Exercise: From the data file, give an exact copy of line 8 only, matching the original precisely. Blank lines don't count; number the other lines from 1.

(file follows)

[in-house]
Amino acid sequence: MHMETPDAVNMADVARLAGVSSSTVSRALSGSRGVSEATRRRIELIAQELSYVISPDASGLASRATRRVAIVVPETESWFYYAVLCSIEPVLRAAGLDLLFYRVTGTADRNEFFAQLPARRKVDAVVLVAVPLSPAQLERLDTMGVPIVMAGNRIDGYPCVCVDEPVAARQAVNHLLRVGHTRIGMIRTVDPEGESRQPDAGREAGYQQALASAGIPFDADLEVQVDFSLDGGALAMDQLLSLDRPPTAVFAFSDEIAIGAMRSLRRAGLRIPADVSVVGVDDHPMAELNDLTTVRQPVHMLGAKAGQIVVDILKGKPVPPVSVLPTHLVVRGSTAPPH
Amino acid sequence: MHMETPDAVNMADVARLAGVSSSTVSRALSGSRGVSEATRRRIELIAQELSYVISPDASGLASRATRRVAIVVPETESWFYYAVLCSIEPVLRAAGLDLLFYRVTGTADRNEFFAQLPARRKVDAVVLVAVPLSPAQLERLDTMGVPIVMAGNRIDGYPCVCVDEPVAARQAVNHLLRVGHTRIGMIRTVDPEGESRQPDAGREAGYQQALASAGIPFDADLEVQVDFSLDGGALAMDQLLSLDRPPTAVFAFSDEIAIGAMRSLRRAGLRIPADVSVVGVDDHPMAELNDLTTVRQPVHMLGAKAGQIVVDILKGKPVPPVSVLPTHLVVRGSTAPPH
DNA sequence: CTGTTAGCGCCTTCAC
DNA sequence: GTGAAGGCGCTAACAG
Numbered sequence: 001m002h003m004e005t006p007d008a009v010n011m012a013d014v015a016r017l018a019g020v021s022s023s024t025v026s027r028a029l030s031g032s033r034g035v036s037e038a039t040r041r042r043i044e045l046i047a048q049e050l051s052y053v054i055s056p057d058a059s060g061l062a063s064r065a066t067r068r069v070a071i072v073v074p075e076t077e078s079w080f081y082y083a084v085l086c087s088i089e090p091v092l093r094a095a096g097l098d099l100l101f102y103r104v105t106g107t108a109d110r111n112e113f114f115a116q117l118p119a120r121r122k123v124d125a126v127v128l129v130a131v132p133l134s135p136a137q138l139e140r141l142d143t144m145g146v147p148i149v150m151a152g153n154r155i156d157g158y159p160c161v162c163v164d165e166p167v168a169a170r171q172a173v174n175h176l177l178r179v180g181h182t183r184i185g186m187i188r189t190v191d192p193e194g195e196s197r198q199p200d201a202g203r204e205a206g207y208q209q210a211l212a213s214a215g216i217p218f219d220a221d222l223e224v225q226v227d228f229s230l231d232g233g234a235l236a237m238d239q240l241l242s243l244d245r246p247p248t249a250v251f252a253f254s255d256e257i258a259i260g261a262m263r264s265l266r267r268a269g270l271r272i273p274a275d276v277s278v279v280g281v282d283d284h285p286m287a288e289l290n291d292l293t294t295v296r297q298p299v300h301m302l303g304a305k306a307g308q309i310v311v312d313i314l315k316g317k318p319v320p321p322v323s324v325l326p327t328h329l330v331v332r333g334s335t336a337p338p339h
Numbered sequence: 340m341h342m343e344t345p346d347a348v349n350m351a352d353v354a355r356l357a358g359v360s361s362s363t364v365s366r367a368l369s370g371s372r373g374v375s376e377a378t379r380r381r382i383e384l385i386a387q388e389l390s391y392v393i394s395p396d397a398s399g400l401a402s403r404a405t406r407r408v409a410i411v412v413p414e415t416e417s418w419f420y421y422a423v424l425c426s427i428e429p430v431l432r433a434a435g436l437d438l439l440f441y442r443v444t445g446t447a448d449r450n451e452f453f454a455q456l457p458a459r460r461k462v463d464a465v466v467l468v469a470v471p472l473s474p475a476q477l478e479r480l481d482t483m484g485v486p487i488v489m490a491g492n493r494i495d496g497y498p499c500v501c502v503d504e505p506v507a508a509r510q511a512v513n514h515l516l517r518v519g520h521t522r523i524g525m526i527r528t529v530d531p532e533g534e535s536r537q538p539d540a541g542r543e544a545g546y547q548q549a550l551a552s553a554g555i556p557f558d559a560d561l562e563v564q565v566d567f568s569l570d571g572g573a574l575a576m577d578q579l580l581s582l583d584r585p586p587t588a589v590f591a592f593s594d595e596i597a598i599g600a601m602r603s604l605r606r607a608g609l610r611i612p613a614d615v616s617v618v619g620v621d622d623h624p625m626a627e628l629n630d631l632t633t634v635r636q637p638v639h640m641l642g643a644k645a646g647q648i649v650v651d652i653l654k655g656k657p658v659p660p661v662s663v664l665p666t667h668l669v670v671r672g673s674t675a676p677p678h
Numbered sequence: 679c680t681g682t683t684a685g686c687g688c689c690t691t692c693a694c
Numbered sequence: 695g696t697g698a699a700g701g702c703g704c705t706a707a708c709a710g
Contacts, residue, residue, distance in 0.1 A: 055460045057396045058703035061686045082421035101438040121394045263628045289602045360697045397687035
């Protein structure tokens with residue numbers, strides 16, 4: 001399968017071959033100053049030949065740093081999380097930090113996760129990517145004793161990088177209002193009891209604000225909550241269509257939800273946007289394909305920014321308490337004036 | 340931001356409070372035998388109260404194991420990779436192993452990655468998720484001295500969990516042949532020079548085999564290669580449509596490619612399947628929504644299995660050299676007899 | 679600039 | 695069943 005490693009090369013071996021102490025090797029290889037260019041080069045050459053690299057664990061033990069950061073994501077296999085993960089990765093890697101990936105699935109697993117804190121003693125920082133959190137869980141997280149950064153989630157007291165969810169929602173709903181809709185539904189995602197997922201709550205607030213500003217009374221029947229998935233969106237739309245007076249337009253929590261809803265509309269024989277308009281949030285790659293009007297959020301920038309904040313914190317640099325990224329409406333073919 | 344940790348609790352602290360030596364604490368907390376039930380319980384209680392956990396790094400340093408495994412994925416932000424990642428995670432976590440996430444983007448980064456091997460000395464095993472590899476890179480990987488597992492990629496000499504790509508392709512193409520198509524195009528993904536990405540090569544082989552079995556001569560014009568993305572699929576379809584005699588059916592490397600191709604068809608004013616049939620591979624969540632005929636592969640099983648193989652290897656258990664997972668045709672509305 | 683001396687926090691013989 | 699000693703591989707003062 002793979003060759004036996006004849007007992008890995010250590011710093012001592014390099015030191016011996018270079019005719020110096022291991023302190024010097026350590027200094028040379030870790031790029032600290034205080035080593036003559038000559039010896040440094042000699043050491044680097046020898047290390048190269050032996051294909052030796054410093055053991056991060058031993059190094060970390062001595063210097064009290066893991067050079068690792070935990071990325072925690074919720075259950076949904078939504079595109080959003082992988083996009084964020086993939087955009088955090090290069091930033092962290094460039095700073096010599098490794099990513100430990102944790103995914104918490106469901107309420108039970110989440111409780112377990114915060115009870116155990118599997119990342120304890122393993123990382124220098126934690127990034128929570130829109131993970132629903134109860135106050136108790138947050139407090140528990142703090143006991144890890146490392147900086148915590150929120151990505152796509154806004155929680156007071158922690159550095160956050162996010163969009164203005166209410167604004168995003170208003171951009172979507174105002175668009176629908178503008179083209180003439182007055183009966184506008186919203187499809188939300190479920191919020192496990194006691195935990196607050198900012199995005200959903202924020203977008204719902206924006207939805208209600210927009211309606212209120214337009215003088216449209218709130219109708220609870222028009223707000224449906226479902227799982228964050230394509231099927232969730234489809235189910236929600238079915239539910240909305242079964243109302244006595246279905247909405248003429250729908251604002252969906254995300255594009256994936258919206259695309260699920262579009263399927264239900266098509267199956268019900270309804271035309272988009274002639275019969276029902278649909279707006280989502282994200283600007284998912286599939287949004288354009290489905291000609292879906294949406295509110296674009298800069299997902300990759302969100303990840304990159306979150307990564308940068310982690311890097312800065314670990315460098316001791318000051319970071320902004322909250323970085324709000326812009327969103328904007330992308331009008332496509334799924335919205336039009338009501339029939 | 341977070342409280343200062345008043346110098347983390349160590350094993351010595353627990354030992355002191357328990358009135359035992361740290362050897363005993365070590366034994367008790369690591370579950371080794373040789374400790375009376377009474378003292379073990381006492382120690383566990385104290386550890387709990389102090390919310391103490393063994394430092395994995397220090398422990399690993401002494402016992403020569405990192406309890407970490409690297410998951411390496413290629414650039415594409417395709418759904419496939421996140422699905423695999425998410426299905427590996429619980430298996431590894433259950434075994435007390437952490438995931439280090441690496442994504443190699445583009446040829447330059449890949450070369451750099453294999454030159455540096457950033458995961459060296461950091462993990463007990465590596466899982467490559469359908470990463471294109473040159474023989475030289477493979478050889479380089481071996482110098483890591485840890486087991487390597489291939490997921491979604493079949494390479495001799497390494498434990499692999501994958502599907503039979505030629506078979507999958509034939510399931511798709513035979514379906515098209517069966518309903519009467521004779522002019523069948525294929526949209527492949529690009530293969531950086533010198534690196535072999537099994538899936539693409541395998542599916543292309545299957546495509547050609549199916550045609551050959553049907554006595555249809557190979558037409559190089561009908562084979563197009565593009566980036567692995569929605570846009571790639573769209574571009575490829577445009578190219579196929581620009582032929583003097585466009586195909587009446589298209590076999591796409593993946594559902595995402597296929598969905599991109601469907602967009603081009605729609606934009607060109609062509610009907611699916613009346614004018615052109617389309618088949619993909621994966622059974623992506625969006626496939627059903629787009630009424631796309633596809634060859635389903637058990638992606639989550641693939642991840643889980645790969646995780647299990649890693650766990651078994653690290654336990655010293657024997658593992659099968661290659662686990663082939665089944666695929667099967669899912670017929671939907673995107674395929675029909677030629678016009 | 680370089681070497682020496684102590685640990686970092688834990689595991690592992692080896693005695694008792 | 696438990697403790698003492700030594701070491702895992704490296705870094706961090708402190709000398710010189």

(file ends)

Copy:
Numbered sequence: 679c680t681g682t683t684a685g686c687g688c689c690t691t692c693a694c